First, however, I’ve written before how I at times dislike the language of “struggling” with pornography or pornography “addiction,” not because they aren’t accurate but because too often they are used as an excuse rather than an explanation. It is true, many do in fact “struggle” with what can legitimately be considered an addiction, but when this language is used to describe an interminable battle with no end (and I’ve met dozens of men for whom this is the case), then I prefer we use terminology like “fighting my porn habit.” A semantic debate, certainly, but one I think is important. We need to stop struggling with porn and start fighting it.

Secondly, pornography does do devastating things to one’s sense of masculinity. We know this. Pornography enslaves men by the millions, perverting their role as protector and defender of the more vulnerable and turning them into sexual cannibals, consuming those they see on-screen to satisfy their sexual appetites.

What often starts as mere curiosity or an accidental encounter can turn into something that invades the mind and twists even the most basic attractions. I’ve met porn users who can’t believe the types of things they want to watch. They haven’t simply been using porn. Porn has actively reshaped them into something they don’t recognize and don’t like. 

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Porn is this generation’s great assault on masculinity and the role of men in society. It is essential that we win this battle for the sake of society’s survival. Contrary to what the gender-bending and family-morphing progressive elites claim, good husbands and good fathers and good church leaders are necessary for a healthy society. But pornography is destroying marriages, creating distant and disconnected fathers, and, metaphoricaclly castrating men, hindering their ability and desire to make a positive difference in the society around us.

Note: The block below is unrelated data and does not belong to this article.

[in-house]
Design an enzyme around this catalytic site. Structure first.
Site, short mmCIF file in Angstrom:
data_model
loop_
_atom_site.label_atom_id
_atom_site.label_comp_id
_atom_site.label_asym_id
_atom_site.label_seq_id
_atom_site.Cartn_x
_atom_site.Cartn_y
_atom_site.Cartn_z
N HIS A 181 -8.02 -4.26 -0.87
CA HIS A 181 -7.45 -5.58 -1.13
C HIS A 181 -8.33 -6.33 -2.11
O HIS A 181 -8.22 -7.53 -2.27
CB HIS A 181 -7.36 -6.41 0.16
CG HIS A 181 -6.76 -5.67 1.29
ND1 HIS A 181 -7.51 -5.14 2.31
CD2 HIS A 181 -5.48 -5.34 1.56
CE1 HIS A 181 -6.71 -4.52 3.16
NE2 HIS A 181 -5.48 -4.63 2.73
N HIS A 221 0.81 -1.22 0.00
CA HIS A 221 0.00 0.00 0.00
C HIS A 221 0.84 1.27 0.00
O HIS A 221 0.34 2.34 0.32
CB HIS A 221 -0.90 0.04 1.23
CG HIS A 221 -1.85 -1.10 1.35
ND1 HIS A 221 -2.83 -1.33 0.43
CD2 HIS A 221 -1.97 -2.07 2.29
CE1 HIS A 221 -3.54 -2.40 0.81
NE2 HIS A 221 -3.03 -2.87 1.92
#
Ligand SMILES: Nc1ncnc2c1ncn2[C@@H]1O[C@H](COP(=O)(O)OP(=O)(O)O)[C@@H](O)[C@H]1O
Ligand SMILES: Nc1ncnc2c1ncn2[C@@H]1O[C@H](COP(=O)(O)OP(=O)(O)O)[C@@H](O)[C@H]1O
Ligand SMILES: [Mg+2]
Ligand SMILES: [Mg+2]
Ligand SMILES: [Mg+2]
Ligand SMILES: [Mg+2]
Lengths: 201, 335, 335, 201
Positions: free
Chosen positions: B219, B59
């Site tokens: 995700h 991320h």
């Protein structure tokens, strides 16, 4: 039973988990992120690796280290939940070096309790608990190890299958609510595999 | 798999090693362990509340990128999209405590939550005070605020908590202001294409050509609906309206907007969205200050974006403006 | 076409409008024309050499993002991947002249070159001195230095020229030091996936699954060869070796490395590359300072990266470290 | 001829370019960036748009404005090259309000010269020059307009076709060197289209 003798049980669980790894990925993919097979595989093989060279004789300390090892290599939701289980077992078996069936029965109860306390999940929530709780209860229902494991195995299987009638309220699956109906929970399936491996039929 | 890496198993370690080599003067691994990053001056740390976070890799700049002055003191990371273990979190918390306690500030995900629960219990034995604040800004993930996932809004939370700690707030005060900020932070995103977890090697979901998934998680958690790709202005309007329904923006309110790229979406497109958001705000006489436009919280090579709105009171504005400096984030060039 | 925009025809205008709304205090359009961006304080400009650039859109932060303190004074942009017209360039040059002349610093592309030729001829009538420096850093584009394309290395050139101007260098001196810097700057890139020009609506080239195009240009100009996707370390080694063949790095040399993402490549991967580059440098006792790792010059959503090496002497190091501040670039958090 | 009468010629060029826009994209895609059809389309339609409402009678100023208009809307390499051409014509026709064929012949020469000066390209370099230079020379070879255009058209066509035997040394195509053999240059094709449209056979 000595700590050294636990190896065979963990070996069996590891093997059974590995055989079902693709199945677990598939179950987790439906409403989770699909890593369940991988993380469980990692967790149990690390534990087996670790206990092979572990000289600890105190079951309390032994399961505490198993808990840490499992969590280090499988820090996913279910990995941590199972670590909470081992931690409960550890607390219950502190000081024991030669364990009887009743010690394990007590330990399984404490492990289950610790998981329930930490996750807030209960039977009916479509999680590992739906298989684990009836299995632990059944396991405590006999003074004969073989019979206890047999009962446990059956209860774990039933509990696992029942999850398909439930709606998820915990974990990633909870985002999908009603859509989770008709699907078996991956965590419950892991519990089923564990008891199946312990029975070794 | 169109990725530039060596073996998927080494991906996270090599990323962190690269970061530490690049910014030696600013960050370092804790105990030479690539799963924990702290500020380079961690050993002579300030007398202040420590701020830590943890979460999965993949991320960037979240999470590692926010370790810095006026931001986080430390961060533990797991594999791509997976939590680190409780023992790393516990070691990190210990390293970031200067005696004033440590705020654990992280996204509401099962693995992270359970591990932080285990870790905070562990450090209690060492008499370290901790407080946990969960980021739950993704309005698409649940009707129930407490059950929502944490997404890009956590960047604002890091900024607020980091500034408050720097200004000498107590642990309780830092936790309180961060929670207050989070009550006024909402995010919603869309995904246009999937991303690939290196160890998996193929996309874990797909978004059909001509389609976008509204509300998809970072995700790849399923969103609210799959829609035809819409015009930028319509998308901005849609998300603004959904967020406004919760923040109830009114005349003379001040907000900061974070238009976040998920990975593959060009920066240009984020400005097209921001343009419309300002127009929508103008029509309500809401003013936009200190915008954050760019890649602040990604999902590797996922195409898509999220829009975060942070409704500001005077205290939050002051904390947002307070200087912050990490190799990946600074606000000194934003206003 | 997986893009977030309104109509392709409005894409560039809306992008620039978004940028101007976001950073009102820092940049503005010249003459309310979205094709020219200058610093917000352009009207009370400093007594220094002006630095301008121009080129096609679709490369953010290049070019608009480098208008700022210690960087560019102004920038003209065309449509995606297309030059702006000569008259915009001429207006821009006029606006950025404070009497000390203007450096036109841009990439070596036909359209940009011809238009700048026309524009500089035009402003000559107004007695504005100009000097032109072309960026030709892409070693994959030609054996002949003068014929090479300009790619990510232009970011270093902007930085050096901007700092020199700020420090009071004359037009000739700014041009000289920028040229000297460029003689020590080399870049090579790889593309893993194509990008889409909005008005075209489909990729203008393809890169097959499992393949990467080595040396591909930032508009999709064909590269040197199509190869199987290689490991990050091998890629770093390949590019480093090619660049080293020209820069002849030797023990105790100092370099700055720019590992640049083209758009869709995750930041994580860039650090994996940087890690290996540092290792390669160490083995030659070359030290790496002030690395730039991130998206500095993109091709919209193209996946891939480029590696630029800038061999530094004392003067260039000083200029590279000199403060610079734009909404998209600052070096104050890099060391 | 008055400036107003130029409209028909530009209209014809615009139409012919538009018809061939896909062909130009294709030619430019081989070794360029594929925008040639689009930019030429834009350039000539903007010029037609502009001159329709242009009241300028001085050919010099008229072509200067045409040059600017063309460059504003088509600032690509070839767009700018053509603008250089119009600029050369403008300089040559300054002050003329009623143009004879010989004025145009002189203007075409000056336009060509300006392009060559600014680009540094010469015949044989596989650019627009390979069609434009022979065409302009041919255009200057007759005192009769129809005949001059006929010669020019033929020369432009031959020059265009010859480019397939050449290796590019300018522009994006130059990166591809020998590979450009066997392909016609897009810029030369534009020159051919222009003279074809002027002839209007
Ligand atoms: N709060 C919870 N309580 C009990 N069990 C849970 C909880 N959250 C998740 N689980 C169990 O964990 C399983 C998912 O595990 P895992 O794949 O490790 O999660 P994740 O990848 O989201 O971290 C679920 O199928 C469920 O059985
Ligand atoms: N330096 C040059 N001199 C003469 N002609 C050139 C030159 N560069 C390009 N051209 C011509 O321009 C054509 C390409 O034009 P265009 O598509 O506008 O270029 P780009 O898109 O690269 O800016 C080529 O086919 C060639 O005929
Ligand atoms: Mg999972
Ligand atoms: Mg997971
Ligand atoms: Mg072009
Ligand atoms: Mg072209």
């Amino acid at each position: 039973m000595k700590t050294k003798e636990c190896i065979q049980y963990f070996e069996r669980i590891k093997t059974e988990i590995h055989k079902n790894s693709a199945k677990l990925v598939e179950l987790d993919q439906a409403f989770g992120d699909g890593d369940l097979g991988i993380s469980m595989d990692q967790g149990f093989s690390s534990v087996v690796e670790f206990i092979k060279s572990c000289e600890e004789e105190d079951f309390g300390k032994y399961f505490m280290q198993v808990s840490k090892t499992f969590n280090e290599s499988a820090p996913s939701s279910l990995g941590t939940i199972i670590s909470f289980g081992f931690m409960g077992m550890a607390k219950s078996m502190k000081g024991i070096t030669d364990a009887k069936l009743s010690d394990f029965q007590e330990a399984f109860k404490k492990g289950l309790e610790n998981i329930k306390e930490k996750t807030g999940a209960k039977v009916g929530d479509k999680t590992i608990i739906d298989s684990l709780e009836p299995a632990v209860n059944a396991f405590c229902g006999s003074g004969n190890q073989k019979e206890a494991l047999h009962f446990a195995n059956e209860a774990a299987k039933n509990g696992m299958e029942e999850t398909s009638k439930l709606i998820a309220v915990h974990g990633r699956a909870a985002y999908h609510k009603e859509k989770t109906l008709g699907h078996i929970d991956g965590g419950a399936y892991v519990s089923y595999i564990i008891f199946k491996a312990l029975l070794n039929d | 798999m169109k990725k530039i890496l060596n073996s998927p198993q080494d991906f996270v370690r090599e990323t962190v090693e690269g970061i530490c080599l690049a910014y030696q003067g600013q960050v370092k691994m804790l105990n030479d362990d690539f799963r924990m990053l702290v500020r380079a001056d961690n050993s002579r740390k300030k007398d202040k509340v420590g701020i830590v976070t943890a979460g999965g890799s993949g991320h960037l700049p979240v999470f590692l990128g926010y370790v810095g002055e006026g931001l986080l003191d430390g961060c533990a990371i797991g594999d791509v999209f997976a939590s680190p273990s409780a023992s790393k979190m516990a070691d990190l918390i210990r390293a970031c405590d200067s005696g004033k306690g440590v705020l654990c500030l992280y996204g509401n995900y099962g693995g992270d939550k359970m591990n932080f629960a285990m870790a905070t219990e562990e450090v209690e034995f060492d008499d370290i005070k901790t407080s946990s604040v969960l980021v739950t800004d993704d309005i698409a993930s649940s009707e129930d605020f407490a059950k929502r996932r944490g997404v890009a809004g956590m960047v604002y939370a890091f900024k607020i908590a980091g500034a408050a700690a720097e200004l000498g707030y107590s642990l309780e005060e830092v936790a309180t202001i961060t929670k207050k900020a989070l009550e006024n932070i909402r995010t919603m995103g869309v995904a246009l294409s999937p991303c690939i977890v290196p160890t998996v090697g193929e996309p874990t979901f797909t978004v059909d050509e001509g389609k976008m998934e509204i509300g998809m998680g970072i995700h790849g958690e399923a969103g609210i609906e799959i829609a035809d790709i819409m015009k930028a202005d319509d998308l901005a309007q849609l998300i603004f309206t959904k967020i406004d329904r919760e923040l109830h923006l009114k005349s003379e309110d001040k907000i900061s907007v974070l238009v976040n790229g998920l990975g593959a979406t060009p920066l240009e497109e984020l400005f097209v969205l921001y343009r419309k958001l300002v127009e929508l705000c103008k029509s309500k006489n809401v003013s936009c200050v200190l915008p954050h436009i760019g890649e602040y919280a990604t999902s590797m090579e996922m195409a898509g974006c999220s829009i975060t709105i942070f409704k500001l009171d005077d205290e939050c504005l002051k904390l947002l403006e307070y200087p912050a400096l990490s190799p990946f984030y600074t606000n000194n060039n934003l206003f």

So, with this sobering set of facts in mind let’s return to the question: what do pornography struggles, past and present, say about a man?

The proper way to respond is with everything that is good about masculinity. We have to fight pornography as men have fought countless evils throughout the ages. We need to fight pornography to protect women, and wives, and children, and our society at large. This is how pornography threatens society, by castrating men, and turning them from protectors into predators. Rooting out the evil in our own lives allows us to better fulfill the role we are called to perform in the lives of others. Battling our own demons enables us to battle the wider cultural demons. Every day without porn is another bit of virtue built. Virtue is not something you’re born with. Virtues are habits that you build. And one day without porn is the first step towards the virtue of being porn-free.